Center for Biographical Research
The Center for Biographical Research (CBR) is dedicated to the interdisciplinary and multicultural study of lifewriting. CBR programs include teaching, publication, and outreach activities.
In conjunction with the Department of English, CBR offers thesis advising for PhD and MA projects. The Department of English also offers a number of graduate and undergraduate courses in lifewriting. A BA program in biography is offered through the Liberal Studies Program, and the Biography Prize is offered annually for the best work on any aspect of lifewriting by a PhD candidate at the University of Hawai'i.
CBR maintains a library and resource collection and has hosted, since 1988, the public lecture series Brown Bag Biography, part of the center's commitment to supporting and publicizing contributions to lifewriting. The center also hosts firstname.lastname@example.org, the listserv and discussion forum for the International Auto/Biography Association.
Language Telecommunications, Resource, and Learning Center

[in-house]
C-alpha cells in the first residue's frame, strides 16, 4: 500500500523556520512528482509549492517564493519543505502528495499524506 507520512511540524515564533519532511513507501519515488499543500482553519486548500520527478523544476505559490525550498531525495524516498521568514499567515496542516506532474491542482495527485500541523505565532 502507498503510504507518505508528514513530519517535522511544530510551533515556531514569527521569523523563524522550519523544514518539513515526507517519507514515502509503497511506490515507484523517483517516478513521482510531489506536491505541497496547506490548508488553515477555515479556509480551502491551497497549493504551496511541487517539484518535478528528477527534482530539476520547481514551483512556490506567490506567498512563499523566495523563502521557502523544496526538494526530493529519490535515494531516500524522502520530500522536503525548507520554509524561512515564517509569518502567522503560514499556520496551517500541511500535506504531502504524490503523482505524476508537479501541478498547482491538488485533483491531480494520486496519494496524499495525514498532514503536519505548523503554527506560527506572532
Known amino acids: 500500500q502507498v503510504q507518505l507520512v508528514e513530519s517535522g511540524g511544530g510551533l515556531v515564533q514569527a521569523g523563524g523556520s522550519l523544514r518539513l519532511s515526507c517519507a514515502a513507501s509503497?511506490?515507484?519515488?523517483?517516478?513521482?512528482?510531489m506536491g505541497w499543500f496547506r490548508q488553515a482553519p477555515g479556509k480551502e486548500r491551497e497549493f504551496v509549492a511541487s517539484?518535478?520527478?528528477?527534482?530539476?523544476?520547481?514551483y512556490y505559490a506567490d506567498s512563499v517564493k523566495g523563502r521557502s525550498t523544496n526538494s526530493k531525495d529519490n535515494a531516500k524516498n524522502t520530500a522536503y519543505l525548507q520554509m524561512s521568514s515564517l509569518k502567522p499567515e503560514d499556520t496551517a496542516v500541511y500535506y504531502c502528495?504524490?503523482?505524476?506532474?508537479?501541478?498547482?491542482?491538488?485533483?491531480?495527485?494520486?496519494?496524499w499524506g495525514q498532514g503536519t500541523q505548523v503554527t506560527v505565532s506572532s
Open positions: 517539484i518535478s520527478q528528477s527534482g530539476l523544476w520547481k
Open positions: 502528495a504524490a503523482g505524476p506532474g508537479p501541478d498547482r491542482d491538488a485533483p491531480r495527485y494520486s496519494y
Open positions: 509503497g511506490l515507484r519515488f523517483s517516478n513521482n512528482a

The Language Telecommunications, Resource, and Learning Center–located on the first and second floors of Moore Hall–features a 42 station language laboratory, two class labs with capabilities for showing slides and video including PAL and SECAM, and three language media classrooms with direct Ethernet connections to the Internet. The center has an extensive tape collection with entries in more than 40 languages. The facilities include a professional recording studio complex, a broadcast-standard video studio, and a satellite station consisting of a C and Ku-band tracking dish and a Ku-band broadcast facility. Via satellite the center receives daily programming in some 28 languages on the International Channel. Programming is available to students, faculty, and staff members in a designated viewing room. The center's Multimedia Computer Labs include a Macintosh lab with networked Power Macs and a PC lab with networked Windows 95 Pentium computers. Both labs are equipped with a printer, scanner, and LCD projection system. The computers feature a direct Ethernet connection to the Internet and a host of software for multimedia language use and learning in a wide variety of languages including Chinese, Japanese, Korean, and other non-Roman script languages. The computer labs are available for drop-in use by students, for class sessions and for training workshops for faculty and staff. A separate Faculty Development Lab is available for faculty and staff for materials development and software design. In addition, the center provides a variety of audiovisual equipment and resources for the classroom. The service scope of the center extends beyond the University to include the state, the continental United States, and the international community.